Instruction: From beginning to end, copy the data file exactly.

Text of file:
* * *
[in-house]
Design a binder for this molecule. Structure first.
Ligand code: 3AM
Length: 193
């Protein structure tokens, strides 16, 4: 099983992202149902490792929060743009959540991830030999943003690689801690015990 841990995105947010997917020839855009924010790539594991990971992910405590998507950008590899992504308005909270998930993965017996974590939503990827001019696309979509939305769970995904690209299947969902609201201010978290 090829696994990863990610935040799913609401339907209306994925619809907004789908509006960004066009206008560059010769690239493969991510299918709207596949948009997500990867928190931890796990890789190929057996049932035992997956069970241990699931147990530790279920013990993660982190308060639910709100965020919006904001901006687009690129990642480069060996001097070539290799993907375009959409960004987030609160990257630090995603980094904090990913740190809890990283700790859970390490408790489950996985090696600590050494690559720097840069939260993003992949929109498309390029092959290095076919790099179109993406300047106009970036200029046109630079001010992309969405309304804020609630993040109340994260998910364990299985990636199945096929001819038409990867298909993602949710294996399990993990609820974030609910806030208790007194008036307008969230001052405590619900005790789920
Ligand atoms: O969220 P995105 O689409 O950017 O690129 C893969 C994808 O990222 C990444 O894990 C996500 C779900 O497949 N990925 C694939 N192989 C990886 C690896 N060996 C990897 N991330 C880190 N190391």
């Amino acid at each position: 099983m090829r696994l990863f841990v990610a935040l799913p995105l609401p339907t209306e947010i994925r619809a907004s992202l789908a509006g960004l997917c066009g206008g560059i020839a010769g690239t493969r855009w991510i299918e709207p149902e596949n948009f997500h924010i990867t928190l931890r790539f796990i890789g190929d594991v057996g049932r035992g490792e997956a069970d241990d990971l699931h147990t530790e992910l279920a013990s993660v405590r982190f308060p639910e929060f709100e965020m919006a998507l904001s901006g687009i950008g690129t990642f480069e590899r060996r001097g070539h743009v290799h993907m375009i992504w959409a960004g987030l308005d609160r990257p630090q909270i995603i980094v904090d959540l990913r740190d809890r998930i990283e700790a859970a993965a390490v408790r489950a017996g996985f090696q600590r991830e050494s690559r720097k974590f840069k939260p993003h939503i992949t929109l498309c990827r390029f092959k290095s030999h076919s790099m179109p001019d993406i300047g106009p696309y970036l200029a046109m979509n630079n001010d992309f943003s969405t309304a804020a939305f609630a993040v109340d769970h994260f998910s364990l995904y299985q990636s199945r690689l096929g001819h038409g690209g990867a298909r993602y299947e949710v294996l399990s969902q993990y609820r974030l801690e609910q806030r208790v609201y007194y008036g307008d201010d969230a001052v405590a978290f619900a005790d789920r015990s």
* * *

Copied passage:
[in-house]
Design a binder for this molecule. Structure first.
Ligand code: 3AM
Length: 193
């Protein structure tokens, strides 16, 4: 099983992202149902490792929060743009959540991830030999943003690689801690015990 841990995105947010997917020839855009924010790539594991990971992910405590998507950008590899992504308005909270998930993965017996974590939503990827001019696309979509939305769970995904690209299947969902609201201010978290 090829696994990863990610935040799913609401339907209306994925619809907004789908509006960004066009206008560059010769690239493969991510299918709207596949948009997500990867928190931890796990890789190929057996049932035992997956069970241990699931147990530790279920013990993660982190308060639910709100965020919006904001901006687009690129990642480069060996001097070539290799993907375009959409960004987030609160990257630090995603980094904090990913740190809890990283700790859970390490408790489950996985090696600590050494690559720097840069939260993003992949929109498309390029092959290095076919790099179109993406300047106009970036200029046109630079001010992309969405309304804020609630993040109340994260998910364990299985990636199945096929001819038409990867298909993602949710294996399990993990609820974030609910806030208790007194008036307008969230001052405590619900005790789920
Ligand atoms: O969220 P995105 O689409 O950017 O690129 C893969 C994808 O990222 C990444 O894990 C996500 C779900 O497949 N990925 C694939 N192989 C990886 C690896 N060996 C990897 N991330 C880190 N190391």
């Amino acid at each position: 099983m090829r696994l990863f841990v990610a935040l799913p995105l609401p339907t209306e947010i994925r619809a907004s992202l789908a509006g960004l997917c066009g206008g560059i020839a010769g690239t493969r855009w991510i299918e709207p149902e596949n948009f997500h924010i990867t928190l931890r790539f796990i890789g190929d594991v057996g049932r035992g490792e997956a069970d241990d990971l699931h147990t530790e992910l279920a013990s993660v405590r982190f308060p639910e929060f709100e965020m919006a998507l904001s901006g687009i950008g690129t990642f480069e590899r060996r001097g070539h743009v290799h993907m375009i992504w959409a960004g987030l308005d609160r990257p630090q909270i995603i980094v904090d959540l990913r740190d809890r998930i990283e700790a859970a993965a390490v408790r489950a017996g996985f090696q600590r991830e050494s690559r720097k974590f840069k939260p993003h939503i992949t929109l498309c990827r390029f092959k290095s030999h076919s790099m179109p001019d993406i300047g106009p696309y970036l200029a046109m979509n630079n001010d992309f943003s969405t309304a804020a939305f609630a993040v109340d769970h994260f998910s364990l995904y299985q990636s199945r690689l096929g001819h038409g690209g990867a298909r993602y299947e949710v294996l399990s969902q993990y609820r974030l801690e609910q806030r208790v609201y007194y008036g307008d201010d969230a001052v405590a978290f619900a005790d789920r015990s």